Image: 42 x 10 3/4 in. (106.7 x 27.3 cm) Overall with mounting: 107 1/4 x 19 in. (272.4 x 48.3 cm) Overall with knobs: 107 1/4 x 22 1/2 in. (272.4 x 57.2 cm)
Edward Elliott Family Collection, Gift of Douglas Dillon, 1986
Not on view
Lu Zhi presented Planting Chrysanthemums to his friend Tao in exchange for rare cuttings. To express his ideal of reclusion, Lu combined poetry with painting:
I hear you have opened up a “Tao path” near the ocean, Where clouds of leaves and frost-covered flowers vie in wondrous splendor. I too have built a new residence at Zhixing Mountain, May I share some of your autumn colors on my eastern hedge?
The first two lines of Lu’s verse allude to “Peach Blossom Spring,” a famous poem by his friend’s namesake Tao Qian (365–427) in which a fisherman stumbles upon a hidden Utopia. In the last two lines, Lu suggests that he has planned his own Utopian retreat and refers to the growing of chrysanthemums, a passion he shared with Tao Qian.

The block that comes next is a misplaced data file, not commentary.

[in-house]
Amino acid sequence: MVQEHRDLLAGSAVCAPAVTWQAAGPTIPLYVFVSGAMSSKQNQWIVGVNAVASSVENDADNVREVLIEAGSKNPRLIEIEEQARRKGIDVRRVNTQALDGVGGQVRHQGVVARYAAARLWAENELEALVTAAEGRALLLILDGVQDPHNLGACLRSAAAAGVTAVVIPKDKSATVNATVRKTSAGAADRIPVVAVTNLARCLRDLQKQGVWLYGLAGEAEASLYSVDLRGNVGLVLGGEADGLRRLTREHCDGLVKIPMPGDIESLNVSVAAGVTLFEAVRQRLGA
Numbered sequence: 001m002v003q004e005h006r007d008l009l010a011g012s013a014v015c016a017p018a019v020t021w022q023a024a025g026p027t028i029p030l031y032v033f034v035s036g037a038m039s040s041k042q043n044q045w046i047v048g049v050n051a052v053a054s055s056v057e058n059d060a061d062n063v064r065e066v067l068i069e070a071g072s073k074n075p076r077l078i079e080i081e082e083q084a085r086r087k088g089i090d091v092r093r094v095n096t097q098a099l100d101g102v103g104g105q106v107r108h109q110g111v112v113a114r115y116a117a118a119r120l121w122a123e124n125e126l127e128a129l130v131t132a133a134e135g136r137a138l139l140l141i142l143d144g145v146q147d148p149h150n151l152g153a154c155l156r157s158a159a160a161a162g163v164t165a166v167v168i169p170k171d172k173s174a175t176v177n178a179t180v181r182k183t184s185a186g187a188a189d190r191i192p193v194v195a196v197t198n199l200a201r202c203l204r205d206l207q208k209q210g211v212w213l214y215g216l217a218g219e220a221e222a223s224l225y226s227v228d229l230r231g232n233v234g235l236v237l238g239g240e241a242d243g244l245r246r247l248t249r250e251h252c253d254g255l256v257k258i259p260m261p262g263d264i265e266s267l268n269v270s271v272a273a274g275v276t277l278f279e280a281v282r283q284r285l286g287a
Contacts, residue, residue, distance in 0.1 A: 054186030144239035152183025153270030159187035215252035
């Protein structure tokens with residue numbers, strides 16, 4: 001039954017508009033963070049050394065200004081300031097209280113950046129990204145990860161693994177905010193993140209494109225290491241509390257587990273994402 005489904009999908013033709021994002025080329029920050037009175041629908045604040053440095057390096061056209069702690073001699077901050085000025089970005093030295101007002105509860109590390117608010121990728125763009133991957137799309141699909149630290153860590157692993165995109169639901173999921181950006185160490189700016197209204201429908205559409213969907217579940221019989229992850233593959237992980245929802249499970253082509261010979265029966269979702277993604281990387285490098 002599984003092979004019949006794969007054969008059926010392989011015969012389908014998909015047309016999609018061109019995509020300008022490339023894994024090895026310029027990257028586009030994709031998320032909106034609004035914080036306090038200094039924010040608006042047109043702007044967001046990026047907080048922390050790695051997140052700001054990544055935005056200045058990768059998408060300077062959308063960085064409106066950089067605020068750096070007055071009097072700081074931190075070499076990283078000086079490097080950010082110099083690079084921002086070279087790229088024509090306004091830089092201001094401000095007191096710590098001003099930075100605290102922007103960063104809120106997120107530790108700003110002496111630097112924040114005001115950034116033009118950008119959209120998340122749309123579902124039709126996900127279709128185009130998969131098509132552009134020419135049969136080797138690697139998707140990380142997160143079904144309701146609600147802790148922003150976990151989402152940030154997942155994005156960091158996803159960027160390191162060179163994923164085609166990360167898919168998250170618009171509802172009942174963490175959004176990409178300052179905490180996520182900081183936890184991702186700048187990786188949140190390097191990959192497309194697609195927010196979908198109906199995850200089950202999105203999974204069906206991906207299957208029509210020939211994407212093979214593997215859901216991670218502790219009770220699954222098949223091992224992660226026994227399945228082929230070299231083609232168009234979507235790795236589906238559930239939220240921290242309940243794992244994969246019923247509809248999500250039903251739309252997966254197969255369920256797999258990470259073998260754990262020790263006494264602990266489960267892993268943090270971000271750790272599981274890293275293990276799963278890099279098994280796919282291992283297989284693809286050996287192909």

Lu was the son of a Suzhou schoolteacher and a pupil of Wen Zhengming (1470–1559). After his father’s death, Lu supported his family by selling his paintings. About 1557 he retired to the mountains west of Suzhou, where he led a reclusive life cultivating rare flowers, poetry, and painting. Awash in mist and soft colors, the crystalline mountains in Lu’s painting perfectly evoke the dreamlike Peach Blossom Land of the immortals.